Results uncorrected for covariates
No significant differences were found in any of the diffusion indices (FA, MD, RD and AD) between all migraineurs and HC. Dividing all migraineurs into EM and CM, no significant differences were found with respect to HC. With regard to the comparison between CM and EM, no significant differences were found in FA, MD or RD. However, significant lower AD values were found in CM compared to EM in widespread locations across the white matter. These locations correspond to 38 different regions from the ICBM-DTI-81 White Matter Atlas, and six regions from the White Matter Tractography Atlas, and are shown in Tables 2 and 3 and Fig. 1. The FWE-corrected results can be seen in Additional file 1: Figure S1 and Table S1.
In the case of the analysis including only patients with migraine without aura, no new significant results were observed. As in the original sample, significant lower AD values were found in CM compared to EM (FWE-corrected results), but in 10 regions from the ICBM-DTI-81 White Matter Atlas, all of them included in the 38 regions with significant differences. The FWE-corrected results excluding migraine with aura patients can be seen in Additional file 1: Table S2.
Results corrected for covariates
After the post-hoc analysis, significant lower AD values were found in CM compared to EM in six regions from the ICBM-DTI-81 White Matter Atlas, and one region (the right corticospinal tract) from the White-Matter Tractography Atlas, when including the time from onset of CM as a covariate. These results are shown in Tables 4 and 5 and Fig. 1. No significant results were observed when correcting for total duration of migraine or for the other DTI measures.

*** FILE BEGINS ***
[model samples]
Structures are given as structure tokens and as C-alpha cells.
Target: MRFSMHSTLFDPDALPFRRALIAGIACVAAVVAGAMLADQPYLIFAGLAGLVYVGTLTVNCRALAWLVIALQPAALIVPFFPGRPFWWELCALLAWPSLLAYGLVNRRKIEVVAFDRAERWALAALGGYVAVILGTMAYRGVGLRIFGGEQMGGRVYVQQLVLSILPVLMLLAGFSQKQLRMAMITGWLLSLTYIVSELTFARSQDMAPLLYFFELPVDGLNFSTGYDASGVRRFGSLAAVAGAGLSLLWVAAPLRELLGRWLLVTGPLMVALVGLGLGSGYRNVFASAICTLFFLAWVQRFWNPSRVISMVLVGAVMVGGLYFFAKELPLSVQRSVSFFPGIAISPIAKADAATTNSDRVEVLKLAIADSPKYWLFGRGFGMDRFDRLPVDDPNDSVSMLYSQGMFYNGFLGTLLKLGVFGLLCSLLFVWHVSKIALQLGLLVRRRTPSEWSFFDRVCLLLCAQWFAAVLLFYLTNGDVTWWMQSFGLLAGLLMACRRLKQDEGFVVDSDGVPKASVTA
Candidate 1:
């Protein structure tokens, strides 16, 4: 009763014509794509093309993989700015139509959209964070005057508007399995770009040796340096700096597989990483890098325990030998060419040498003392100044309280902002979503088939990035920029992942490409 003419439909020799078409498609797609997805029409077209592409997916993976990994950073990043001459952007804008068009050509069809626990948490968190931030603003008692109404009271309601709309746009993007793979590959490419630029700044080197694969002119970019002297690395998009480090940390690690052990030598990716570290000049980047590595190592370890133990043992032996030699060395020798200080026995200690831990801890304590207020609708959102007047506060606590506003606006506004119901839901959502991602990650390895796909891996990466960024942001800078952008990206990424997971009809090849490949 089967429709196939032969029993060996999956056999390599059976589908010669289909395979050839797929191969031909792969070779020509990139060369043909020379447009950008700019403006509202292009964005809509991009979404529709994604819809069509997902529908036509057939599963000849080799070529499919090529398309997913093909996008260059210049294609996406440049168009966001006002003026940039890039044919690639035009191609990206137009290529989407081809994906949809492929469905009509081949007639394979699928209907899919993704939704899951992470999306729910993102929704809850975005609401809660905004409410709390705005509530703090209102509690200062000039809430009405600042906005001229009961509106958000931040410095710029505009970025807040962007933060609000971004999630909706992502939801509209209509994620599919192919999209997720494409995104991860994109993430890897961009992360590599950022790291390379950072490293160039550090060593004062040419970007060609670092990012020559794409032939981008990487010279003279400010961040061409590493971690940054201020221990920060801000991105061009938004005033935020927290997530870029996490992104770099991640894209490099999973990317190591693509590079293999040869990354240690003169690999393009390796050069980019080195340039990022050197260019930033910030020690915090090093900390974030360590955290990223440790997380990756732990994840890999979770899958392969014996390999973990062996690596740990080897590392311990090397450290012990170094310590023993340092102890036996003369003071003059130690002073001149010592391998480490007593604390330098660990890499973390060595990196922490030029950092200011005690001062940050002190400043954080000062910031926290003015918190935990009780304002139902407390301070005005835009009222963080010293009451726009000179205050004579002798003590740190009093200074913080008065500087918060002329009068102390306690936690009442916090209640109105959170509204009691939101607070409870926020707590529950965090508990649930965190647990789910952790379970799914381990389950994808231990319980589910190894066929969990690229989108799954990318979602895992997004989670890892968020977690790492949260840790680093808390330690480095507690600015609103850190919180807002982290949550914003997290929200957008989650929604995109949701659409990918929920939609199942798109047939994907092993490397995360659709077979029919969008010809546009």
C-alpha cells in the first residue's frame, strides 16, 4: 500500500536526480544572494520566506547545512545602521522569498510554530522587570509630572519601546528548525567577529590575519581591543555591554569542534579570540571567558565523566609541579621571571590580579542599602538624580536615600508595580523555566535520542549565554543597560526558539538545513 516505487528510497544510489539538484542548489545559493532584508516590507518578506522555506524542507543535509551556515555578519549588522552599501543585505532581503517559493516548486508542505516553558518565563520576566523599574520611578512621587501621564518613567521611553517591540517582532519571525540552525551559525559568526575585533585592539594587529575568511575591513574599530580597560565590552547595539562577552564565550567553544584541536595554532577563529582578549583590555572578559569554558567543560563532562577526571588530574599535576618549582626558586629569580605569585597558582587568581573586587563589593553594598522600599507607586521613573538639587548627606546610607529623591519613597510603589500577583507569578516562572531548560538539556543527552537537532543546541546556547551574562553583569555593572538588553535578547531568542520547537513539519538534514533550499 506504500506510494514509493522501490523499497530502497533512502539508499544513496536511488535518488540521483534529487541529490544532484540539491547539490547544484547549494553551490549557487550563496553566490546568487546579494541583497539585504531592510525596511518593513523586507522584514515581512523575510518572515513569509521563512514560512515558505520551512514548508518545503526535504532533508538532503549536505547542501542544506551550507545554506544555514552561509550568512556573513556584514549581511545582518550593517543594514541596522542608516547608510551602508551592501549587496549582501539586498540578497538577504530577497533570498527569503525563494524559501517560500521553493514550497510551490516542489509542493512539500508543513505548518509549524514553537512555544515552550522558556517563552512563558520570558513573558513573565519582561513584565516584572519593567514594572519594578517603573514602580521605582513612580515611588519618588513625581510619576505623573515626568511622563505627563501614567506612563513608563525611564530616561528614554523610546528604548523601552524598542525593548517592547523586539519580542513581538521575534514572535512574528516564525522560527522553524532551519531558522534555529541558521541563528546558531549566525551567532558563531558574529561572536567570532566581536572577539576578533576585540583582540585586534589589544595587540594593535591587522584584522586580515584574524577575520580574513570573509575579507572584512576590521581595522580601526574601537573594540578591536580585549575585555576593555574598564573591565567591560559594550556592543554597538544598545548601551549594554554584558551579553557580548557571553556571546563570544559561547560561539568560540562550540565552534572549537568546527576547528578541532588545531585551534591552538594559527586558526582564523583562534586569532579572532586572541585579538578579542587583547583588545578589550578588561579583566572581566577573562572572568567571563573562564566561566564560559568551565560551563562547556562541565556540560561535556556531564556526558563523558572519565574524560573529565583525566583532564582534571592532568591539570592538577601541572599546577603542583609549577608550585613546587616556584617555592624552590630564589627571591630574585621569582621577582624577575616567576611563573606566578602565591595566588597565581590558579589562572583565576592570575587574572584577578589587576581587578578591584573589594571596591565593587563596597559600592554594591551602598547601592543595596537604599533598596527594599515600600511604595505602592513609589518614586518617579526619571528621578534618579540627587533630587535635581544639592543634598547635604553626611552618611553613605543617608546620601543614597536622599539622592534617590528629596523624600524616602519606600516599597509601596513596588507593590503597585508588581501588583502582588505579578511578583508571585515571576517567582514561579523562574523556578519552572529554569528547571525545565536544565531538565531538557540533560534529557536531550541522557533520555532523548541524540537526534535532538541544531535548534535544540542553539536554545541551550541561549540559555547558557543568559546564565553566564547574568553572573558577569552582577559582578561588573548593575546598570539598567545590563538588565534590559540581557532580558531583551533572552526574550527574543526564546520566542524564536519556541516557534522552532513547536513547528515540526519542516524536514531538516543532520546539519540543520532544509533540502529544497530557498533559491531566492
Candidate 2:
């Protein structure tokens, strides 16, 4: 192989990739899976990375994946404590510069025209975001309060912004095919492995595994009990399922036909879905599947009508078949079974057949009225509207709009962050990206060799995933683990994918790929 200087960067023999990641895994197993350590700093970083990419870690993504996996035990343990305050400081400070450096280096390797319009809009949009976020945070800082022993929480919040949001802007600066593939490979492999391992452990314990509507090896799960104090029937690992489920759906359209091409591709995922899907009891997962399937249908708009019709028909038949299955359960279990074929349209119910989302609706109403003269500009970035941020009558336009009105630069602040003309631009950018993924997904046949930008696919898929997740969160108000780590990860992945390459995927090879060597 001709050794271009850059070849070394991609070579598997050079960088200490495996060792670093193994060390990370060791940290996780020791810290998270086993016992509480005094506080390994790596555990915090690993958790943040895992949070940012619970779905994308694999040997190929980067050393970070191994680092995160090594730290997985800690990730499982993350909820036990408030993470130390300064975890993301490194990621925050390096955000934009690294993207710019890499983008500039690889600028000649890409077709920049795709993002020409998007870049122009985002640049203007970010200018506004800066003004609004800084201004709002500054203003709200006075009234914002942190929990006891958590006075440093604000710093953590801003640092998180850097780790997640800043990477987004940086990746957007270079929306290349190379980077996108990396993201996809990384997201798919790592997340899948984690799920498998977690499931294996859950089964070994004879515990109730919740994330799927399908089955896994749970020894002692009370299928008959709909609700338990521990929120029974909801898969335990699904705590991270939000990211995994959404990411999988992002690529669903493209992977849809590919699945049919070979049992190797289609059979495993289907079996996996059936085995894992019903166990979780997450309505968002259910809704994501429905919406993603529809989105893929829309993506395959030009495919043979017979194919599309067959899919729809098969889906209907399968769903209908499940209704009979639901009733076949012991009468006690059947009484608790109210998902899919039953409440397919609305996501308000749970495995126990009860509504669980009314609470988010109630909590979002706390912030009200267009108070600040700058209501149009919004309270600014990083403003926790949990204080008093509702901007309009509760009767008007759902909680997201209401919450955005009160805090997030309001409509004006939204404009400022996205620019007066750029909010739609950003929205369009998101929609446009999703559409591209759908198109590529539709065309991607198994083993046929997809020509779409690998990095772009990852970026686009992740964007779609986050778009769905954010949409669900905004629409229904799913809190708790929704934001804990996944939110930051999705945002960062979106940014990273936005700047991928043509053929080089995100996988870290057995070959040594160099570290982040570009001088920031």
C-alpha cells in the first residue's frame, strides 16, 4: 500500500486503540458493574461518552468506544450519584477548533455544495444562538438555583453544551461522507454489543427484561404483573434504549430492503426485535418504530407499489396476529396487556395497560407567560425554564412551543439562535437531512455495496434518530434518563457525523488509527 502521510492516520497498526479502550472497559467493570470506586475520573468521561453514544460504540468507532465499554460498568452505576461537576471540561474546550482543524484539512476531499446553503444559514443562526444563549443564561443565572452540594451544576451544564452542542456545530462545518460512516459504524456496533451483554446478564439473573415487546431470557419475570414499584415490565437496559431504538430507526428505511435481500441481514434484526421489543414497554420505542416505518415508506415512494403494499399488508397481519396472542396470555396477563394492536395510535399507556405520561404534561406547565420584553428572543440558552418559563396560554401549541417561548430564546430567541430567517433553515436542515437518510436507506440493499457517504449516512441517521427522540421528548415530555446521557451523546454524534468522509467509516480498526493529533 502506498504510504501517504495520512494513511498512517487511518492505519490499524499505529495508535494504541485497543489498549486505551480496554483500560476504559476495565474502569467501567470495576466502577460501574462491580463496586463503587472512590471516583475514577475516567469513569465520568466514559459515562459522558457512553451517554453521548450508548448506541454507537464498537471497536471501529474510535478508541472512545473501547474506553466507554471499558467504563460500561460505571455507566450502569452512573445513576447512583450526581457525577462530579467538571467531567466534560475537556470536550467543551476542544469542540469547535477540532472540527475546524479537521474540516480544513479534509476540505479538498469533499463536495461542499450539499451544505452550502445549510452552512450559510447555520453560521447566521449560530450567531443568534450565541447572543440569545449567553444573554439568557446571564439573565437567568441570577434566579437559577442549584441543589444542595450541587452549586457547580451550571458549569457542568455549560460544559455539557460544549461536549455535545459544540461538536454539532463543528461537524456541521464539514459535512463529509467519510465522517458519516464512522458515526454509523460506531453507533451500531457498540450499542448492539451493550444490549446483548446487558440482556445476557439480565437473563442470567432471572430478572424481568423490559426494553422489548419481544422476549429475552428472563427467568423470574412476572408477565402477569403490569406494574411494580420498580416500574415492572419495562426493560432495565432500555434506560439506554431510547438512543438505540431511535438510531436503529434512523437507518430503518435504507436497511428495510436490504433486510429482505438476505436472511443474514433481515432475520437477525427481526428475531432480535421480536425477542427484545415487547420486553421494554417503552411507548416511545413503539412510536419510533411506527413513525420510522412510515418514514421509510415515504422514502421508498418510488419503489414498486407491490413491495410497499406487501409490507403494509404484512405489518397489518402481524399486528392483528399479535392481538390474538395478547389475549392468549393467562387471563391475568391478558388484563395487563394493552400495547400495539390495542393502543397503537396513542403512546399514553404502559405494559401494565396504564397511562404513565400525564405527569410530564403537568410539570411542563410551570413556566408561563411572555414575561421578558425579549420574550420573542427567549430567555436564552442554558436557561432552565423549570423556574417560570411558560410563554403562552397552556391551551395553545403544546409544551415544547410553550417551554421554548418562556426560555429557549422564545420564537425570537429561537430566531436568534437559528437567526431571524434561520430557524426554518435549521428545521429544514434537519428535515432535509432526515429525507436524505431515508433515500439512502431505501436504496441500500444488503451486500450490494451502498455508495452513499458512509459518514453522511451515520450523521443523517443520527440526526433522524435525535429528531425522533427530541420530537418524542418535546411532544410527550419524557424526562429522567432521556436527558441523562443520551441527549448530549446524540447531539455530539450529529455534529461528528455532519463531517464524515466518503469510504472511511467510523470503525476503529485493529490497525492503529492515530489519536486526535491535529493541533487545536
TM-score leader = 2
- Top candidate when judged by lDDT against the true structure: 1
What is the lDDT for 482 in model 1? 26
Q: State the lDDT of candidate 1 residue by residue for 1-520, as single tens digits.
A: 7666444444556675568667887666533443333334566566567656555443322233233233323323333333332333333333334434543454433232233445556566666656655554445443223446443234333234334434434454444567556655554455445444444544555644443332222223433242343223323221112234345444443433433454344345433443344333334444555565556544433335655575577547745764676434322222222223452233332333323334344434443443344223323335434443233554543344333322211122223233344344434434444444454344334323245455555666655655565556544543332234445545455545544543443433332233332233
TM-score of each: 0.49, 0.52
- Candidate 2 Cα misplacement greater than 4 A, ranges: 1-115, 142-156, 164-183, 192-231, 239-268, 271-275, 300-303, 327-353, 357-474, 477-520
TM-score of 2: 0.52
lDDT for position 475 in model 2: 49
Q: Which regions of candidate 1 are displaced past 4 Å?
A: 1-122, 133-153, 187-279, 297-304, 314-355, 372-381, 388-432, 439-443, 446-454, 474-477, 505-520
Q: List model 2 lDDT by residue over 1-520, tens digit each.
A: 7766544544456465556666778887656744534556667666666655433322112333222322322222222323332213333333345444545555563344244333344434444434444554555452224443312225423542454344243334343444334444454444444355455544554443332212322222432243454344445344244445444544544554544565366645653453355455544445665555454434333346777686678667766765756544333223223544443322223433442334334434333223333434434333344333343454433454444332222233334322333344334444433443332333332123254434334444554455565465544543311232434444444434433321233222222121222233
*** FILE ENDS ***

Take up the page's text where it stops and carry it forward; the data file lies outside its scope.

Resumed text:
In the following subsections, the FWE-corrected results for the diverse covariates are shown.
Results corrected for duration of migraine history
Including the duration of migraine history as a covariate, no significant differences were found for FA, MD or RD. Significant decreased AD values in CM with respect to EM were found only in the middle cerebellar peduncle (675 mm3 with p < .05 FWE-corrected, minimum p-value = .028), but other 26 regions remained with p < .1 FWE-corrected (Additional file 1: Table S3). Also, significant increased AD values in EM with respect to HC were found in seven regions from the left hemisphere (Additional file 1: Table S4). These results can be seen in Additional file 1: Figure S2. No significant differences were found between all migraineurs together and HC, or between CM and HC.
Adding the presence of aura as a covariate, significant increased AD values in EM with respect to HC were found in seven regions from the left hemisphere. These seven regions were the same regions that showed significant differences in the analysis including only the duration of migraine history as a covariate. No significant differences were found for FA, MD or RD.